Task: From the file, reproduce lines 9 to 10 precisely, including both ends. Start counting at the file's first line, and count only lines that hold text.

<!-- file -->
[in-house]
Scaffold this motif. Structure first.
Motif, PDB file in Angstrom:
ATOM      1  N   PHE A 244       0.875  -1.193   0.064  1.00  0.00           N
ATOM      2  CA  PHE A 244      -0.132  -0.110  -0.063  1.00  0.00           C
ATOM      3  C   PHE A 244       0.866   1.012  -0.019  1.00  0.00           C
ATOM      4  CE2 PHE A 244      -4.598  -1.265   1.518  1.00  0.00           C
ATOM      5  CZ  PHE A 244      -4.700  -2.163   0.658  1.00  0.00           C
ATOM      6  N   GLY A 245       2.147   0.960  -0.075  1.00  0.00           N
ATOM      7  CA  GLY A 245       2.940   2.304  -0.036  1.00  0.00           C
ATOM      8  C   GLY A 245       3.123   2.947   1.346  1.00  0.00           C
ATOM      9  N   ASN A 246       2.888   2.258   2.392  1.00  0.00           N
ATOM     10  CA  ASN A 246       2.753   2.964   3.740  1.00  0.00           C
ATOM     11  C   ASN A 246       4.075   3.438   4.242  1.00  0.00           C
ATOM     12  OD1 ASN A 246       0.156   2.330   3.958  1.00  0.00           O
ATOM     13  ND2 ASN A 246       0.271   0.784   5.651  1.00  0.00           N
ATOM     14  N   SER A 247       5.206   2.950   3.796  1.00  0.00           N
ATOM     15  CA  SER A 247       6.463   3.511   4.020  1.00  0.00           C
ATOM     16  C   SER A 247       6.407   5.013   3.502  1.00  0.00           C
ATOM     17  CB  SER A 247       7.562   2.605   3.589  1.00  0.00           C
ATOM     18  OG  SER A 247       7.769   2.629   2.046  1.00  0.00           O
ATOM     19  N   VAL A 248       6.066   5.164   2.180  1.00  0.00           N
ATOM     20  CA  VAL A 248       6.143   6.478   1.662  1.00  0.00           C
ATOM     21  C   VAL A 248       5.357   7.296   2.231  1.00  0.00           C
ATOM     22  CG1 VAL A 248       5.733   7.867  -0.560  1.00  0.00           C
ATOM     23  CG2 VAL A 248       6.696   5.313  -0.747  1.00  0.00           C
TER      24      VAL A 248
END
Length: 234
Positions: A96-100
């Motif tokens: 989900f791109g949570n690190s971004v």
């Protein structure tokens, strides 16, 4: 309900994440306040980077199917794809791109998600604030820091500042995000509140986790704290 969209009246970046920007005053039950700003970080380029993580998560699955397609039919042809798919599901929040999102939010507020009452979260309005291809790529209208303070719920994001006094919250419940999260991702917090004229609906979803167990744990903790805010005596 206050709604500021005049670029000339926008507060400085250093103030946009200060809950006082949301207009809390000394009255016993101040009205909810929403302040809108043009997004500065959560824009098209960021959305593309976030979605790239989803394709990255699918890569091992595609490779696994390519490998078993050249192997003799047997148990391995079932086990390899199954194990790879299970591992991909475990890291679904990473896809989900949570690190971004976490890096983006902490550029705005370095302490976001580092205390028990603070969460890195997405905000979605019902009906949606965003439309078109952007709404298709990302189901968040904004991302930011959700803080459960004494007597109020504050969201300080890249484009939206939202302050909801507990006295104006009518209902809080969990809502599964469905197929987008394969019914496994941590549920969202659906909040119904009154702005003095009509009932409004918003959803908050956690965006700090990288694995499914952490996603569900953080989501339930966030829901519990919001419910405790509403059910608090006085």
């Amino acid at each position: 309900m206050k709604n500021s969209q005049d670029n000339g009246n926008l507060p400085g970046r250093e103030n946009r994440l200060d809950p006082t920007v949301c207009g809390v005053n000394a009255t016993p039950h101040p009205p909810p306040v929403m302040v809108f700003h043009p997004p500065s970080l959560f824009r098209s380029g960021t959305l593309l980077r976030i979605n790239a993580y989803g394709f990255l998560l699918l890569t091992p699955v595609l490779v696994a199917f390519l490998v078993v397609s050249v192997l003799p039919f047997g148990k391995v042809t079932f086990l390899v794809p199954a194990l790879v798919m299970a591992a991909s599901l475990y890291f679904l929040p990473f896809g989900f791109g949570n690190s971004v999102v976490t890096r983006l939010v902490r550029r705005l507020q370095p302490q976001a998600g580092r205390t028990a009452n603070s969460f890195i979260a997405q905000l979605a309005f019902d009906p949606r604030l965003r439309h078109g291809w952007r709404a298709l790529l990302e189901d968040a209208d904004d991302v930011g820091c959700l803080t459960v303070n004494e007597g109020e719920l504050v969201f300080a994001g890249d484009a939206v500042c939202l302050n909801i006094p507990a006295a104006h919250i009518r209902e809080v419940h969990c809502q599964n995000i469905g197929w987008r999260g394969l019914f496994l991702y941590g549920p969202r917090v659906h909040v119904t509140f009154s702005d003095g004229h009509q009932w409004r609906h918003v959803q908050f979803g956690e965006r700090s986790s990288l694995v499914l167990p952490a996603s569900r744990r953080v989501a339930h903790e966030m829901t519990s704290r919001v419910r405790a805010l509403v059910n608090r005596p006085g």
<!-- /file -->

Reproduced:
ATOM      6  N   GLY A 245       2.147   0.960  -0.075  1.00  0.00           N
ATOM      7  CA  GLY A 245       2.940   2.304  -0.036  1.00  0.00           C